Four Days Before Runoff, Wife of Voting Software Company CEO Gives Maximum Donation to Kyle Ardoin

According to a report filed yesterday, Dec. 4th, 2018, Kyle Ardoin, the Louisiana Republican candidate running for Secretary of State, received a maximum, $5,000 campaign contribution from Courtney Leiendecker of St. Louis, Missouri. She is the wife of Scott Leiendecker, the founder and CEO of Knowink, a company that sells and produces a line of voting software technology.  

The company does not currently do business in Louisiana, and the technology they sell does not involve voting machines; their signature product, the Poll Pad, is essentially a customized Apple iPad that facilitates and speeds up the voter “check-in” process.

Neither Scott nor Courtney Leiendecker have ever donated before to a candidate in Louisiana, including Ardoin’s Democratic opponent. The Bayou Brief exchanged emails with Scott Leiendecker, who acknowledged the donation but avoided answering questions about how, when, or why the contribution was solicited.    

Knowinc’s Poll Pad. Source: Knowinc.

Ardoin is currently serving as interim Secretary of State after Sec. Tom Schedler resigned in May. Schedler had been accused of sexually harassing his executive assistant for more than a decade; the case was settled in October for $167,000, with taxpayers footing $149,075 of the bill. Ardoin, as Schedler’s first deputy, assumed the interim position, pursuant to state law. Although he vowed he would not be a candidate for office, Ardoin waited until the final minutes of the qualification deadline to declare his candidacy, throwing an already-crowded field into more uncertainty.  

On the campaign trail, Ardoin took credit for essentially every major decision and accomplishment during Schedler’s time in office, except for one in which he appeared to play a significant role: A controversial bid process involving the purchase of 10,000 new voting machines. After the company Dominion won the contract, which was originally valued at $65 million but quickly ballooned to more than $90 million, one of the runner-up companies complained, claiming  the process had been rigged to effectively guarantee Dominion would be the only company qualified for the work. Ardoin was in charge of the bid selection committee, but he later claimed Schedler had made the last-minute changes to the specifications favoring Dominion. 

After Louisiana’s Chief Procurement Officer determined there were problems with the process, the state canceled the contract with Dominion, a decision Ardoin unconvincingly attributed to partisan politics.

Ardoin recently said he had no “immediate timeframe” to restart the process, noting the possibility of litigation by Dominion.  

Leiendecker’s company does not manufacture voting machines, only “polling book software.” 

“We did not and would not participate in a future contract / RFP regarding voting machines, because we do not produce or support voting equipment,” Leiendecker wrote The Bayou Brief. “We are a software company.”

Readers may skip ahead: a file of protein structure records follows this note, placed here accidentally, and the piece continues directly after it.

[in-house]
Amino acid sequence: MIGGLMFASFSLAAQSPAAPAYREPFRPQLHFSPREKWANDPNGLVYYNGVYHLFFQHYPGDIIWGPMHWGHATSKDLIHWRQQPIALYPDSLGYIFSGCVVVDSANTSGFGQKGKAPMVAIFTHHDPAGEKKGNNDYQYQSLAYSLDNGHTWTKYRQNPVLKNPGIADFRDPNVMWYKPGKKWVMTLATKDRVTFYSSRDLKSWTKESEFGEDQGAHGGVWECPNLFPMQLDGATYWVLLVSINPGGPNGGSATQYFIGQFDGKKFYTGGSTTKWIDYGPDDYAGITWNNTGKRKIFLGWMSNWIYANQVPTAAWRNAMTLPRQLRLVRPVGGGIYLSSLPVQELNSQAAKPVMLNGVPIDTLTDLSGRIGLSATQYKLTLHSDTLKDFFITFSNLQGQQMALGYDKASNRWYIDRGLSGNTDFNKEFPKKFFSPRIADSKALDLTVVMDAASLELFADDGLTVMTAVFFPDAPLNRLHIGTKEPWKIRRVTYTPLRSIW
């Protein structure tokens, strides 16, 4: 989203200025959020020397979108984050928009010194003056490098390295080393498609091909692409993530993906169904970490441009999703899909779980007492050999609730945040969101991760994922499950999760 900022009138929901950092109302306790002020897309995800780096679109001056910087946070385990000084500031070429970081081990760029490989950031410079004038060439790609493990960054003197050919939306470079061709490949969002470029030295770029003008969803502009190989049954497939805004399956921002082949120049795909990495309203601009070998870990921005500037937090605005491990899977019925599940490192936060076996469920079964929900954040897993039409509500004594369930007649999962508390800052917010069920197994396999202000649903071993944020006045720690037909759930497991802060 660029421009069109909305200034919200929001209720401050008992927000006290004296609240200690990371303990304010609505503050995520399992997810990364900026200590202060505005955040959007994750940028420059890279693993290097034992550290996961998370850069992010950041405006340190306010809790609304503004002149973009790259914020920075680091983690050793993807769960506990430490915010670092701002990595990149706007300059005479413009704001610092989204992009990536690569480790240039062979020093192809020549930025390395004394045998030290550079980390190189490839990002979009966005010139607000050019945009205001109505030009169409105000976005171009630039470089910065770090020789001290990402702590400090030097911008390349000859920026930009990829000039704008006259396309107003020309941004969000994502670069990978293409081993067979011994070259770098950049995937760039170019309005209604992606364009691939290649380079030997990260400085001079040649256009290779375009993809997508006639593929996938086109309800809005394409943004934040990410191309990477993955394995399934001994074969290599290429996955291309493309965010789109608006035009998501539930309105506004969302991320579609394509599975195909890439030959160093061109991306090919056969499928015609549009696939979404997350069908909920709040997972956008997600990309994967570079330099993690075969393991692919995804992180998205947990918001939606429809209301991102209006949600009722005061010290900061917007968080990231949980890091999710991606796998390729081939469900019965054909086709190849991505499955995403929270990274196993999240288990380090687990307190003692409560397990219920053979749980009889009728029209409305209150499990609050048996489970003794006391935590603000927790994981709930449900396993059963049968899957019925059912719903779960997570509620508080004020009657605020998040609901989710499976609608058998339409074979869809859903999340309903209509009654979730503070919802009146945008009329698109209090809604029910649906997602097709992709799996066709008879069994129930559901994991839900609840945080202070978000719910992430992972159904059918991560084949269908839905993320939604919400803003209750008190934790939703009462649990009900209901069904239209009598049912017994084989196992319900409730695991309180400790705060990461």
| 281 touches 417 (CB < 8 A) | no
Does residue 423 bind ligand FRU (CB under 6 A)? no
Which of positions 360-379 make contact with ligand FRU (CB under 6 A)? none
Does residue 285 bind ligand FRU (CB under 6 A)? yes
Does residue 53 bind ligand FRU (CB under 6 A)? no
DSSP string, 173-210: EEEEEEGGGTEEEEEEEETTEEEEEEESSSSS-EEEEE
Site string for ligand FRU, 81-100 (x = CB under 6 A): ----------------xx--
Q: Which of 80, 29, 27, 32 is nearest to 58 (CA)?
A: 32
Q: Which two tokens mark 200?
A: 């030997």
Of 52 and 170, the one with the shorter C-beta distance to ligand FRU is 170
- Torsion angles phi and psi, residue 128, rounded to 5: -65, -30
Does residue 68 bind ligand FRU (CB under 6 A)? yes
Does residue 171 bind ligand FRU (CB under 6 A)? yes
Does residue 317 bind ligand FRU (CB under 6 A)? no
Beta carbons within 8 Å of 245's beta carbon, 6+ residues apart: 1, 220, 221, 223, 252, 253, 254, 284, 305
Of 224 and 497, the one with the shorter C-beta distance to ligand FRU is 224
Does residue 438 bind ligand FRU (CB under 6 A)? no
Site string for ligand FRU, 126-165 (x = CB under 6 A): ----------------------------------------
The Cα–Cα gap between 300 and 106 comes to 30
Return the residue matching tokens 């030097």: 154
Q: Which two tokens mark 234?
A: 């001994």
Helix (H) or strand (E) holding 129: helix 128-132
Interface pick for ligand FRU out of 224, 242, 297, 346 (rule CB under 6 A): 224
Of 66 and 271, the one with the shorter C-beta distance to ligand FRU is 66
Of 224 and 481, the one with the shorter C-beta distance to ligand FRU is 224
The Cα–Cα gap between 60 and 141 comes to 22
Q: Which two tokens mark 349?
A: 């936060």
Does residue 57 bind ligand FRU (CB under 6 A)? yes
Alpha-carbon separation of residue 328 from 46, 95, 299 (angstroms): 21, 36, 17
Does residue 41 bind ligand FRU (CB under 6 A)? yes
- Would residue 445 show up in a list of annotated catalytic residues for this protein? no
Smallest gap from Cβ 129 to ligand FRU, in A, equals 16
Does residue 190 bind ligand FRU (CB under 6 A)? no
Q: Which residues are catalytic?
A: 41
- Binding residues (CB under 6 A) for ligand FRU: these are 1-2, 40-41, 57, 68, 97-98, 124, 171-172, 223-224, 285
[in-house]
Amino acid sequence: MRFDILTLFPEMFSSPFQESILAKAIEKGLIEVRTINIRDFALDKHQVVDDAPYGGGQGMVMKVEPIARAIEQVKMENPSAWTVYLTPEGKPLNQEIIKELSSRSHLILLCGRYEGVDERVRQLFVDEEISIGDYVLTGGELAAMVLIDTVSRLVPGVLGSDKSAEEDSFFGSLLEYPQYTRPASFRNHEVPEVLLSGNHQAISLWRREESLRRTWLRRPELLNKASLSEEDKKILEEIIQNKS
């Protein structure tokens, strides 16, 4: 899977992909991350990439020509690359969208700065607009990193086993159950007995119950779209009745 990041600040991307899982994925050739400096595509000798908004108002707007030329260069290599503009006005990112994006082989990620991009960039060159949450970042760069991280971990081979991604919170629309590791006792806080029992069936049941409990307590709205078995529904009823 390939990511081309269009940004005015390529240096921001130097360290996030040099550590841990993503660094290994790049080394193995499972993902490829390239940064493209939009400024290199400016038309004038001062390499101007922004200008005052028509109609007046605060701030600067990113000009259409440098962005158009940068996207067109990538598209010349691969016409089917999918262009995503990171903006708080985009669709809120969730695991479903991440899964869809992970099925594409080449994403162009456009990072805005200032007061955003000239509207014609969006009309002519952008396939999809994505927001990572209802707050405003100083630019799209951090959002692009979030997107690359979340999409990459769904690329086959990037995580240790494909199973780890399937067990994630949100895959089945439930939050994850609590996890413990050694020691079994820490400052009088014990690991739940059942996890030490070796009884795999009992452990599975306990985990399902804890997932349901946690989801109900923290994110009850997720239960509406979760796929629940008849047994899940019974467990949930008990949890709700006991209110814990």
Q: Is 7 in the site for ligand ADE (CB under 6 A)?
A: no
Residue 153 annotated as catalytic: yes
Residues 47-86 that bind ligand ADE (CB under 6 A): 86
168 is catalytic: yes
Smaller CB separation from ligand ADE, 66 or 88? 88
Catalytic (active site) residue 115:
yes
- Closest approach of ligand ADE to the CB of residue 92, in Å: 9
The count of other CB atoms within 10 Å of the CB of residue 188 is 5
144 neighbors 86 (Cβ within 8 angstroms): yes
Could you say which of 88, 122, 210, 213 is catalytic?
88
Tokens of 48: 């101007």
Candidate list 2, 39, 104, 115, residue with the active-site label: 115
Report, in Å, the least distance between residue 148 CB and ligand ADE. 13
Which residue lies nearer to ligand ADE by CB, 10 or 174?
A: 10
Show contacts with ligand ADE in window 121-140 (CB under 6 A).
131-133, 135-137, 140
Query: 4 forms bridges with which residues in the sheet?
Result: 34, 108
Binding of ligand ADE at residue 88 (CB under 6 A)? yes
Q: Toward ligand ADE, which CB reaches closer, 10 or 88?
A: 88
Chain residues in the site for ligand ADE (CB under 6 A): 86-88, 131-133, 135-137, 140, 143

Knowinc (through its founder’s wife) is not the only voting software and technology company that has contributed to Ardoin.

GCR, a company founded by New Orleans-based political consultant Greg Rigamer, donated a maximum of $5,000 to Ardoin during the general election and another $5,000 during the run-off.

GCR’s donations to Kyle Ardoin

Rigamer sold GCR in December of 2011 to Chestnut Hill Partners, only two months after he was embroiled in a government corruption scandal in Pennsylvania. He was granted immunity in exchange for his testimony.

“(Rigamer) said that in 2005 he retroactively falsified an invoice for a $100,000 payment from the House of Representatives to remove a reference to illegal campaign work,” the Associated Press reported at the time. “House clerks had already processed the original invoice and sent GCR the check by the time Rigamer submitted the revised invoice, which he said he did at the direction of caucus officials.”  

Still, Rigamer had maintained an active role in the company he founded until as late as 2015, and the Jindal years were good for GCR.

The company even managed to score a $2 million contract with none other than the Louisiana Secretary of State. 

“I have never approached or solicited (Louisiana) to do business with (Velocity Reports) or Poll Pad,” Leiendecker claimed, notably.    

The Bayou Brief attempted to contact Ardoin through his campaign, but at the time of publication, it has yet to hear a response. 

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Lamar White, Jr.
Lamar writes about the people, the politics, and the magic of Louisiana. He is the founder and publisher of the Bayou Brief and a contributing writer for the Daily Beast. Lamar is best known for his investigative reporting on public corruption, racism, and civil rights. He has appeared as a guest on CNN, MSNBC, and the BBC, and he's been the subject of profiles in The Washington Post, The Advocate, and Huffington Post. Before launching the Bayou Brief, he published CenLamar, a popular blog that initially covered the drama of City Hall in his hometown of Alexandria. Lamar is a graduate of Rice University in Houston and the Dedman School of Law at Southern Methodist University in Dallas. Today he lives in New Orleans and is currently writing a book about the life of reputed New Orleans Mafia boss Carlos Marcello. Support Lamar's work on Patreon.